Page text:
What Is Silicon Dioxide?

What Is Silicon Dioxide?

Silicon Dioxide: What Is It? What’s It Good For? And Do We Need It?

Ever wondered what that small packet you find in food or supplement bottles is? You know, the one that says, “Do Not Eat” even though it’s found with your food? Well, that’s called a desiccant. Its primary purpose is to absorb excess moisture so fine food particles don’t clump together (the way sugar does).

Its active ingredient? Silicon dioxide, more commonly known as silica, but what is silicon dioxide? Let’s delve into this and other questions.

What is Silicon Dioxide?

Chemically, silicon dioxide is a type of quartz, the fusion of the elements silicon (Si) and oxygen (O). It is one of the more abundant substances on Earth, making up 59 percent of the crust. If you’ve been to the beach before, then you will have seen silica. It’s just that it has a different name there: sand

And even though it’s a “rock,” you’ll be surprised to know that silica is also found in organisms, too. Plants, animals and, yes even us, have trace amounts of it. Chances are you’ve eaten it regularly since everything from vegetables to oats have it.

What Does It Do?

Silicon dioxide is a common substance used in a variety of industrial applications. Everything from ceramics to glass use it in one form or another. In the food industry, silica is most often used as an anti-caking agent. Many foodstuffs, such as sugar and flour, tend to clump together in moist conditions.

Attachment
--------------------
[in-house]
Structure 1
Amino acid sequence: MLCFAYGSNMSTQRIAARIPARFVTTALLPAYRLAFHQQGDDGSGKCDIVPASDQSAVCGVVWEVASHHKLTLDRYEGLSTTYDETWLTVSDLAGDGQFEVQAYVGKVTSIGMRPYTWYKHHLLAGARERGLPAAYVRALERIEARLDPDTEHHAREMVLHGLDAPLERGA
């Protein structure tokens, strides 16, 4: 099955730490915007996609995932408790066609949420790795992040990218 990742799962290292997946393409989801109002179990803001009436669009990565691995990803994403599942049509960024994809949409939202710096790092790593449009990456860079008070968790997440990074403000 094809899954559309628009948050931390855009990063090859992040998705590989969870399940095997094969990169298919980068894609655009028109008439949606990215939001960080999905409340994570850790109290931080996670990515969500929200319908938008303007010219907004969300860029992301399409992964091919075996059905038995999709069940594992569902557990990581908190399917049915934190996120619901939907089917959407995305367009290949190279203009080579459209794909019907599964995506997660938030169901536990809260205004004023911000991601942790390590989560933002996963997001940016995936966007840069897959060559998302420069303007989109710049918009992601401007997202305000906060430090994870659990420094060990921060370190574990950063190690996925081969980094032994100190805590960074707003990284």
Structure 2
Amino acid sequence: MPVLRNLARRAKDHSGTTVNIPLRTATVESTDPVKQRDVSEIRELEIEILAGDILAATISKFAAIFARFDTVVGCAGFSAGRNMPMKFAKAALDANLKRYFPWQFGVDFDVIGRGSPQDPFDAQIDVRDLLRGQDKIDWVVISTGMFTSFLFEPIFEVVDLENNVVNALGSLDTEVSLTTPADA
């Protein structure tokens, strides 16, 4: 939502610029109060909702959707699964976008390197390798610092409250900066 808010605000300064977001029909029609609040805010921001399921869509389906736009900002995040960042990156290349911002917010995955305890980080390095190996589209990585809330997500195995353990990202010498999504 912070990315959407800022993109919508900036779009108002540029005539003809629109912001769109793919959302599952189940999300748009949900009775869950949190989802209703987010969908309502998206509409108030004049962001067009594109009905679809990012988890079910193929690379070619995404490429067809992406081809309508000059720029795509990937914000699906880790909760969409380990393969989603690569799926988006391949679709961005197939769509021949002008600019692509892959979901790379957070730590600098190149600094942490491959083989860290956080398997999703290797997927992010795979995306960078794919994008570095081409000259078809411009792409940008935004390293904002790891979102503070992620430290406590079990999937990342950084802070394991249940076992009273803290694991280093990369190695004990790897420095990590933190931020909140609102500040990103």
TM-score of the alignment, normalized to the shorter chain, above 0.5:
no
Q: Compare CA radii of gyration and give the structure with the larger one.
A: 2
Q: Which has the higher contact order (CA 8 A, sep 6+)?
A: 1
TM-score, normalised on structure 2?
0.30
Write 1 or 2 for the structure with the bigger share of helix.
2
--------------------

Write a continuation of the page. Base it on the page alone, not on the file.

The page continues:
Moisture also promotes bacterial growth and can shorten a product’s shelf life. Silicon dioxide prevents this by absorbing excess moisture from the atmosphere. It can be mixed straight into the food or separated into its own container, as is the case with the desiccant pack.

Is Silicon Dioxide Natural or Synthetic?

Since it’s pretty abundant, commercial silica is often derived from natural sources. Natural quartz is obtained from sand mining and then crushed or milled. Further processing may be needed to create purer or finer silica, depending on the end-use.

Is Silicon Dioxide Safe to Consume?

With an artificial sounding name like silicon dioxide, people tend to wonder if it’s safe to eat. The good news is that it is. Health Canada has classified silicon dioxide as food safe. As we mentioned, it is a naturally occurring substance in the body. Besides, any excess silica that we accumulate in the body doesn’t stay there. Instead, it’s flushed out through our kidneys.

It’s also worth knowing that there are many types of silicon dioxide. Rest assured that the kind added into our food isn’t the same one used in making glass, for instance.

Is Silicon Dioxide a Carcinogen?

You might encounter some experts saying that silicon dioxide can cause cancer. While this is true, that only occurs when you breathe in high doses of it. This is the case with certain occupations, such as mining, construction, and sandblasting. When found in food, silica can’t cause lung damage.

Final Thoughts

Silicon dioxide might sound intimidating, but it’s not. It’s a perfectly safe food additive that contributes to food lasting longer and being more reliable to consume.

What Is the Difference Between Blending and Mixing?